“It’s like our daily bread,” said Dora Elizabeth Monson, the prosecutor for women’s issues in Jalapa. “Women receive it morning, afternoon and night.”
At the courthouse, Judge Eduardo Alfonso Campos Paz maintains a docket filled with such cases. The most striking part, he said, is that most men struggle to understand what they’ve done wrong.
The problem is not easily erased by legislation or enforcement, he said, because of a mind-set ingrained in boys early on and reinforced throughout their lives.
“When I was born, my mom or sister brought me food and drink,” the judge said. “My sister cleaned up after me and washed my clothes. If I wanted water, she would get up from wherever she was and get it for me.”
“We are molded to be served, and when that isn’t accomplished, the violence begins,” he said.
Across Guatemala, complaints of domestic violence have skyrocketed as more women come forward to report abuse. Every week, it seems, a new, gruesome case emerges in newspapers, of a woman tortured, mutilated or dehumanized. It is an echo of the systematic rape and torture women endured during the nation’s 36-year civil war, which left an indelible mark on Guatemalan society.
But today, the countries with the highest rates of femicide in the region, like Guatemala, also suffer the highest homicide rates overall — often leaving the killing of women overlooked or dismissed as private domestic matters, with few national implications.
The result is more disparity. While murders in Guatemala have dropped remarkably over the last decade, there is a notable difference by gender: Homicides of men have fallen by 57 percent, while killings of women have declined more slowly, by about 39 percent, according to government data.
“The policy is to investigate violence that has more political interest,” said Jorge Granados, the head of the science and technology department at Guatemala’s National Institute of Forensic Sciences. “The public policy is simply not focused on the murder of women.”
The femicide law required every region in the nation to install a specialized court focused on violence against women. But more than a decade later, only 13 of 22 are in operation.
“The abuse usually happens in the home, in a private context,” said Evelyn Espinoza, the coordinator of the Observatory on Violence at Diálogos, a Guatemalan research group. “And the state doesn’t involve itself in the home.”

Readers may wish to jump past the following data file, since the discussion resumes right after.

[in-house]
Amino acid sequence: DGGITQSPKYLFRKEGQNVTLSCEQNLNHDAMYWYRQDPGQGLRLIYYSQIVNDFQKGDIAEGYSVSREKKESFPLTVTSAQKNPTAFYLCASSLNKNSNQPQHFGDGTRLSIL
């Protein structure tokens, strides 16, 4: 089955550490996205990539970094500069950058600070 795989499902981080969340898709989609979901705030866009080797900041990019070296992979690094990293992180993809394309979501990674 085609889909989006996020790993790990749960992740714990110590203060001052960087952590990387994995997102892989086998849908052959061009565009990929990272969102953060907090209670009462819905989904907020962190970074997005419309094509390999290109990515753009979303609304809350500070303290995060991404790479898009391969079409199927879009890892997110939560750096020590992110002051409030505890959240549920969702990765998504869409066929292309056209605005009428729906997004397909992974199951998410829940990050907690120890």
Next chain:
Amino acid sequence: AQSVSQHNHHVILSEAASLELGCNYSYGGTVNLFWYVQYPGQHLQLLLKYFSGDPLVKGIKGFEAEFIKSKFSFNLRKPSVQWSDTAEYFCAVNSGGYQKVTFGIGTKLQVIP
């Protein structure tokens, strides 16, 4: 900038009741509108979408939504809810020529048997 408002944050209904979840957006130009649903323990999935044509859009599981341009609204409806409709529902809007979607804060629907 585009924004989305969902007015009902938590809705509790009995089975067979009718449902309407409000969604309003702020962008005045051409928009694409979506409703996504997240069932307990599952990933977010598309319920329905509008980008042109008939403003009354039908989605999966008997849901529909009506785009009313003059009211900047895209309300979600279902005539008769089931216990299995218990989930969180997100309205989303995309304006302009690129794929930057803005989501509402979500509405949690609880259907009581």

In Lubia’s case, she fell in love with Gehovany in the fast, unstoppable way that teenagers do. By the time they moved in together, she was already pregnant.
But Gehovany’s drinking, abuse and stultifying expectations quickly became clear. He wanted her home at all times, even when he was out, she said. He told her not to visit her family.
She knew Gehovany would consider her leaving a betrayal, especially being pregnant with his child. She knew society might, too. But she had to go, for the baby’s sake, and was relieved to be free of him.
Until the night of Nov. 1, 2015, at around 9 p.m., when he came to reclaim her.
The New York Times tried to reach Gehovany, who fled after the killing and later turned himself in. But because he was a minor at the time of the murder, officials said, they could not arrange an interview or comment on the case.
His oldest brother, Robert Ramirez, argued that Gehovany had acted in self-defense and killed Lubia’s mother accidentally.
Still, Mr. Ramirez defended his brother’s decision to confront Lubia’s family that night, citing a widely held view of a woman’s place in Jalapa.
“He was right to go back and try to claim her,” he said. “She shouldn’t have left him.”
He looked toward his own house, etched into a clay hillside, a thread of smoke from a small fire curling through the doorway.
“I’d never allow my wife to leave me,” he said.
The smugglers’ road north
Mr. Sasvin Dominguez woke suddenly, startled by an idea.
He rushed to town in the dark, insects thrumming, a dense fog filling the mountains. In a single day, it was all arranged. He would sell his home and use the proceeds to flee to the United States.
The $6,500 was enough to buy passage for him and his youngest daughter, then 12. Traveling with a young child was cheaper, and often meant better treatment by American officials. At least, that’s what the smuggler said.
He hoped to reach his sons in California. With luck, he could find work, support the girls back home — and get asylum for the entire family.
Ciudad Tecún Umán, Guatemala
Ciudad Tecún Umán, Guatemala
Ciudad Tecún Umán, Guatemala
A week later, in October of last year, he left with his daughter. A guide crossed them into Mexico. Soon, they reached the side of a highway, where a container truck sat idling. Inside, men, women and children were packed tight, with hardly enough space to move.
A dense heat filled the space, the sun baking the metal box as bodies brushed against one another. They spent nearly three days in the container before the first stop, he said.
The days went by in a blur, a log of images snatched from the fog of exhaustion. An open hangar, grumbling with trucks. Rolling desert, dotted by cactus. Sunlight glaring off the metal siding of a safe house.